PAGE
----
COA: Discovery rule applies in inverse condemnation action against Duke Energy

The Indiana Court of Appeals has reversed a Monroe Circuit Court decision to dismiss a complaint against Duke Energy after finding that the trial court erred when it ruled that the statute of limitations for the complaint had expired.

In Bellwether Properties, LLC v. Duke Energy Indiana, LLC, 53A04-1511-CT-1880, Bellwether Properties filed a class-action complaint and jury trial demand in Monroe Circuit Court against Duke Energy on June 30, 2015, after Duke would not allow Bellwether to expand a structure on its property.

Duke had obtained an easement in 1957 on the land now owned by Bellwether to install overhead electric lines. The utility company said that Indiana Utility Regulatory Commission standards that were adopted in 2002 included the 2002 National Electrical Safety Code, or NESC, which prohibited Bellwether’s expansion unless the expansion allowed for a 23-foot horizontal strike clearance. The clearance was not included in Bellwether’s expansion plan.

In its class-action suit, Bellwether alleged that Duke had taken property for a public purpose without proceeding with a condemnation action or providing just compensation.

Duke filed a motion to dismiss the suit on Aug. 21, 2015, writing that Bellwether’s inverse condemnation action is barred by a six-year statute of limitations. The utility company maintained that the inverse condemnation claim accrued when the NESC standards were adopted in 2002, thus putting the 2015 claim outside of the six-year filing window.

The court granted the motion to dismiss on Oct. 29.

Bellwether appealed, arguing that the Monroe Superior Court should have applied the discovery rule and noted that no Indiana court had expressly analyzed whether the discovery rule applies to inverse condemnation actions.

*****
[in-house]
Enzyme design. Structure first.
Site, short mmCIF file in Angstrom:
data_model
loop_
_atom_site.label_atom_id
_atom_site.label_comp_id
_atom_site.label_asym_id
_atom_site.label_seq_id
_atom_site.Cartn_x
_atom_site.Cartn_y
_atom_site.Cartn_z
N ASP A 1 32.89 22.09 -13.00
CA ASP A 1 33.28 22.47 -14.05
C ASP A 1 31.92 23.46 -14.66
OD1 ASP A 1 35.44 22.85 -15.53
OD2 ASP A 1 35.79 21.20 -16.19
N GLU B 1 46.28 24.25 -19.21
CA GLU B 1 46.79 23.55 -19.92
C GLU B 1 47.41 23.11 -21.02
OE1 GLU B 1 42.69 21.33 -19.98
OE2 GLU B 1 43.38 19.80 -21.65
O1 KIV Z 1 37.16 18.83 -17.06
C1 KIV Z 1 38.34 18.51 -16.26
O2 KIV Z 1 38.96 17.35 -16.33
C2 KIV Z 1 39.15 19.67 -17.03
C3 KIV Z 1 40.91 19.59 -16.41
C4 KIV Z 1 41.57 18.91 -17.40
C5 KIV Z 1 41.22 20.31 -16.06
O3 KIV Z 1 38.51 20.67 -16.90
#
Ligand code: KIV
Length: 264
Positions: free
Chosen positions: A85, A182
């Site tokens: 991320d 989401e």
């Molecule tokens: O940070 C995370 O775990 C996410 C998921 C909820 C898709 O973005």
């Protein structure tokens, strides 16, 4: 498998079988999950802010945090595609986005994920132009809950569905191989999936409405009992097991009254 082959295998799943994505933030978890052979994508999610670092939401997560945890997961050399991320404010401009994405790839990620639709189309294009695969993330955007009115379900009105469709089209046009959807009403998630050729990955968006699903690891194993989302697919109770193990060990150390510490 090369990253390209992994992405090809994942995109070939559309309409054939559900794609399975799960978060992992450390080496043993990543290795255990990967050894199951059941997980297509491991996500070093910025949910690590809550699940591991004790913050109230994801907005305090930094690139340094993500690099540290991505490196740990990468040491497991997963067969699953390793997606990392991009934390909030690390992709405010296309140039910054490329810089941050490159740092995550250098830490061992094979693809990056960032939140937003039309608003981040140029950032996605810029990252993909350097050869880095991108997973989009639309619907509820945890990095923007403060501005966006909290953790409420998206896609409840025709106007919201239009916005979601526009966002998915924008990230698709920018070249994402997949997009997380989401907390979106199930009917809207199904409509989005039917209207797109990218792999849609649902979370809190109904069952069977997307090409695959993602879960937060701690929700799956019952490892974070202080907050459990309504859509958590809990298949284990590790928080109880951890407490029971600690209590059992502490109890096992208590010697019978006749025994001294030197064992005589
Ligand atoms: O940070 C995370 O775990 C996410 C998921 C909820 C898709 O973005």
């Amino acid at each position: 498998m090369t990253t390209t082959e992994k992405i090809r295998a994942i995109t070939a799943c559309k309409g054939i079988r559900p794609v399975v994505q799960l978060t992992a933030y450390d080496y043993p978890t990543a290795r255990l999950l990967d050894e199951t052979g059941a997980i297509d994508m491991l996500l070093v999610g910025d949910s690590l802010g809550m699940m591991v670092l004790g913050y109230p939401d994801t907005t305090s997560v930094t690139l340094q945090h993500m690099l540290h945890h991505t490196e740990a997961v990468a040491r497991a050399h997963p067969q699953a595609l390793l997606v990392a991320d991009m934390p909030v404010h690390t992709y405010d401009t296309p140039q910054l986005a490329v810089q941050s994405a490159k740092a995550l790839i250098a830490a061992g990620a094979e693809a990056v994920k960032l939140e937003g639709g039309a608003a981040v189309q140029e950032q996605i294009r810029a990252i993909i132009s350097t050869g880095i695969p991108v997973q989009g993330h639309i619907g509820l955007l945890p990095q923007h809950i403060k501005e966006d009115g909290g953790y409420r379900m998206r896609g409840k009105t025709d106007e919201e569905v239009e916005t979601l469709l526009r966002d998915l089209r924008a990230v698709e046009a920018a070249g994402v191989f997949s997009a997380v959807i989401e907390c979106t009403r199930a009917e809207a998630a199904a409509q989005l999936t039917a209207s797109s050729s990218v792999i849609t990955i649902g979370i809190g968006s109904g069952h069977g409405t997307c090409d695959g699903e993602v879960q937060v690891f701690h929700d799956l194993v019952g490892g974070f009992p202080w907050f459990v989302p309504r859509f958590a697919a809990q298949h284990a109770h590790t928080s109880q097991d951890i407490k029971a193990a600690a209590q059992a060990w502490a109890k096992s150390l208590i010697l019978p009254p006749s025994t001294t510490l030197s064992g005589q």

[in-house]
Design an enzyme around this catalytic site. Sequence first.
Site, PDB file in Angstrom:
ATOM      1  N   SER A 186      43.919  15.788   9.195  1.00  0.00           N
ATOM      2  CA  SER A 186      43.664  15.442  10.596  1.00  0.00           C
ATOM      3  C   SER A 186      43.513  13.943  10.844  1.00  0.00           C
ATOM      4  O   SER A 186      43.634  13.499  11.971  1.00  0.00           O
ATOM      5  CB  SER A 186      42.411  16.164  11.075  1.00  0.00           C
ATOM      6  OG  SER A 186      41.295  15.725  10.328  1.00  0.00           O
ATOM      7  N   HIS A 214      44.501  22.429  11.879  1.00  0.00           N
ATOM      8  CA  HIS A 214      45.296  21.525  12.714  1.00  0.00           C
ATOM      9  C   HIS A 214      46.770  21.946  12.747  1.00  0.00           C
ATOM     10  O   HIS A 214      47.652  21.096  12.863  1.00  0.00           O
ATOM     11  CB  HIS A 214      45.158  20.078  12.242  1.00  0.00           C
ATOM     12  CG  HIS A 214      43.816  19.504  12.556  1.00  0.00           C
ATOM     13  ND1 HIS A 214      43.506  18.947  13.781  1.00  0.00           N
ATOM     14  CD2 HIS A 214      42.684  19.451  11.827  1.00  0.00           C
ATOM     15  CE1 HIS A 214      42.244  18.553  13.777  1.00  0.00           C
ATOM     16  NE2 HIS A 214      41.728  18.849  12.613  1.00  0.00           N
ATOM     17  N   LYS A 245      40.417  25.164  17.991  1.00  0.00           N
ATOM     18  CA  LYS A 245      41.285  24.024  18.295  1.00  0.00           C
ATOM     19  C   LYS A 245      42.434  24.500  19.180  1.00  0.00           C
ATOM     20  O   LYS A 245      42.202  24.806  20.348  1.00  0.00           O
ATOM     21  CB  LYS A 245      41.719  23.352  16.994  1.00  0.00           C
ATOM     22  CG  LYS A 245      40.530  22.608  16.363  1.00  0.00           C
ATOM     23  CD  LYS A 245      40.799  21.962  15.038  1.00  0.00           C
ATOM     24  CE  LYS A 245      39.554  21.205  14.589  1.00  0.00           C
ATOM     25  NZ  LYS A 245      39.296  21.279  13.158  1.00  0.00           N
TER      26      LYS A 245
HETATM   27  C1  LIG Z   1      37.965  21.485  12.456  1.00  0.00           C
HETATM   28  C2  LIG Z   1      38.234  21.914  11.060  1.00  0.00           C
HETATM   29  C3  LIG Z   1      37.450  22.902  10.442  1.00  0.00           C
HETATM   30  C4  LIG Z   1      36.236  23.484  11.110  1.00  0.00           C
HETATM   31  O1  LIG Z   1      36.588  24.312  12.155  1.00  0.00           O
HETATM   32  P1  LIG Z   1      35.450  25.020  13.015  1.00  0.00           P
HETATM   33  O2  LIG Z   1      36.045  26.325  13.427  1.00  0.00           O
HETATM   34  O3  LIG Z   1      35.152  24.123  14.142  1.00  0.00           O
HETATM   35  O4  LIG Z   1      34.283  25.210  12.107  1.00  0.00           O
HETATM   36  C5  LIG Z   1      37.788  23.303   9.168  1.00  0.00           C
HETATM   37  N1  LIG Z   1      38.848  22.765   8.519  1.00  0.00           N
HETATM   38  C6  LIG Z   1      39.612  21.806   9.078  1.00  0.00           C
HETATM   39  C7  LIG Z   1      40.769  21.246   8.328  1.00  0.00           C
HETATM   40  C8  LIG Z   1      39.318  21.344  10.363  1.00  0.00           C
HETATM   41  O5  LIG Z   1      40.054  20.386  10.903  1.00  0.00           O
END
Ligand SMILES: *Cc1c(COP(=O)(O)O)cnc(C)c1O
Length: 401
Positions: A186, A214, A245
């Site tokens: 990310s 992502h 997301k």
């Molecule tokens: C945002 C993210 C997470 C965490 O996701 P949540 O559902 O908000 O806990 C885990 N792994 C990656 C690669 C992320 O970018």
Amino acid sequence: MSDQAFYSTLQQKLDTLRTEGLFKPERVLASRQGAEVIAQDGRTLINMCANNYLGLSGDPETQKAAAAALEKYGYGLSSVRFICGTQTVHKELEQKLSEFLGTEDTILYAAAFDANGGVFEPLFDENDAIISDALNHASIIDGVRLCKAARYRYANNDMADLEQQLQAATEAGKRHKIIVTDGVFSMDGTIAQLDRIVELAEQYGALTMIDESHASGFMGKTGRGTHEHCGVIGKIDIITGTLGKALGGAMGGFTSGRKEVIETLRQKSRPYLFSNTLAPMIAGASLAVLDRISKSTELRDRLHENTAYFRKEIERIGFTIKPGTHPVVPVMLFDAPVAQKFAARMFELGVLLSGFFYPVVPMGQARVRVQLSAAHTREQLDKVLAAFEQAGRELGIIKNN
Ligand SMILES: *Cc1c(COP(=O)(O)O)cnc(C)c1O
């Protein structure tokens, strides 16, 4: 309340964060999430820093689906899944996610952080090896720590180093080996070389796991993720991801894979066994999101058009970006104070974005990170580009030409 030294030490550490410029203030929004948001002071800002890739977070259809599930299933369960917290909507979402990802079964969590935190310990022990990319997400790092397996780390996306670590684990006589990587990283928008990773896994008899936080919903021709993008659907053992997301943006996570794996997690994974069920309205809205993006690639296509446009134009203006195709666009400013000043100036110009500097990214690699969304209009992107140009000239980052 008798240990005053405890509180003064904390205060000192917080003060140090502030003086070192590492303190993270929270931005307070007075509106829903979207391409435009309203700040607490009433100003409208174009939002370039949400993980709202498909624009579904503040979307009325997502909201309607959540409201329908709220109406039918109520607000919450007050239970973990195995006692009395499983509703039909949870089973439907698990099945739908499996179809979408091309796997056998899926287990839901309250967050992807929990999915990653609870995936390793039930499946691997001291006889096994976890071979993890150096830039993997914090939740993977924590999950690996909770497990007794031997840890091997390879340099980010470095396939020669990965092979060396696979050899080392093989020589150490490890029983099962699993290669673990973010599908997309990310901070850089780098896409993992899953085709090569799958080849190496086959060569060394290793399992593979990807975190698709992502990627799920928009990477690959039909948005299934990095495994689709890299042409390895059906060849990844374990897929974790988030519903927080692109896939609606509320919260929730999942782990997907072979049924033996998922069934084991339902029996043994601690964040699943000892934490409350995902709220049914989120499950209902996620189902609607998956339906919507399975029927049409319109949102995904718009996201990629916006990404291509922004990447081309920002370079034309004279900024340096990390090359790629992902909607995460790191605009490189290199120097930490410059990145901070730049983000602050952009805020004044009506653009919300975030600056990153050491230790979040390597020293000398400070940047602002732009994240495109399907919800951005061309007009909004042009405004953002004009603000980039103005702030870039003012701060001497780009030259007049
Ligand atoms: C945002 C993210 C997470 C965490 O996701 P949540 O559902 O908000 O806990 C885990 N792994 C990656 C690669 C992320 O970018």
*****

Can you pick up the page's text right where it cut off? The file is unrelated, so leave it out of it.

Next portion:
Bellwether also argued that although it is charged with knowledge of the laws surrounding utility clearance requirements, its claims did not accrue in 2002, as Duke said it did, because it did not know in 2002 that Duke’s voltage was high enough to require more clearance than what was set out in the original easement.

Further, Bellwether argued that to learn about Duke’s clearance requirements and how they affected its property rights, it would have had to travel to Indianapolis to read the updated 2002 NESC standards. Even if the discovery rule did not apply to its suit, Bellwether said that although it is charged with knowledge of laws relating to its land, it should not be charged with knowledge of technical requirements for public utilities.

But Duke argued that the discovery rule is only applicable to tort cases and, even if it were applicable here, the claim fell outside of the statute of limitations.

Further, Duke said that the 2002 NESC rules could be found and read because they are part of public law, a fact that defeats the application of the discovery rule. In its motion to dismiss the suit, Duke cited multiple cases in which the discovery rule did not apply where the alleged taking occurs by passage of a law.

However, in its reversal of the decision to dismiss the complaint against Duke, the Court of Appeals wrote that the complaint against Duke was distinguishable from the cases it cited.

The 2002 NESC standards that were adopted by the IURC did not put Bellwether on notice that Duke’s control of the land surrounding the easement had widened to accommodate the requirement for the 23-foot horizontal clearance, the court wrote.

Thus, the court wrote that the circumstances were too attenuated to conclude that the extension of Duke’s control over the land through the NESC rules was ascertainable by Bellwether, so the discovery rule tolled the six year statute of limitations until Duke informed Bellwether of the change.

That information came out within six years of the Bellwether’s complaint, meeting the statute of limitations requirement. Thus, the Court of Appeals wrote that the trial court erred when it ruled in favor of Duke’s motion to dismiss on the basis of a statute of limitations expiration and remanded the case for proceedings.

However, Judge Melissa May dissented, writing in a separate opinion that she believes Bellwether did have notice of the change in Duke’s control over the land.

Although the majority of Court of Appeals judges found that some of the information necessary to inform Bellwether of the change was within Duke’s control, that fact alone is not enough to reverse a decision, May wrote.

“The majority points to nothing in the record that reflects the information it characterizes as ‘wholly within the control of Duke,’ such as the voltage levels and types of lines on the property, could not have been obtained by Bellwether through ordinary diligence,” May wrote.

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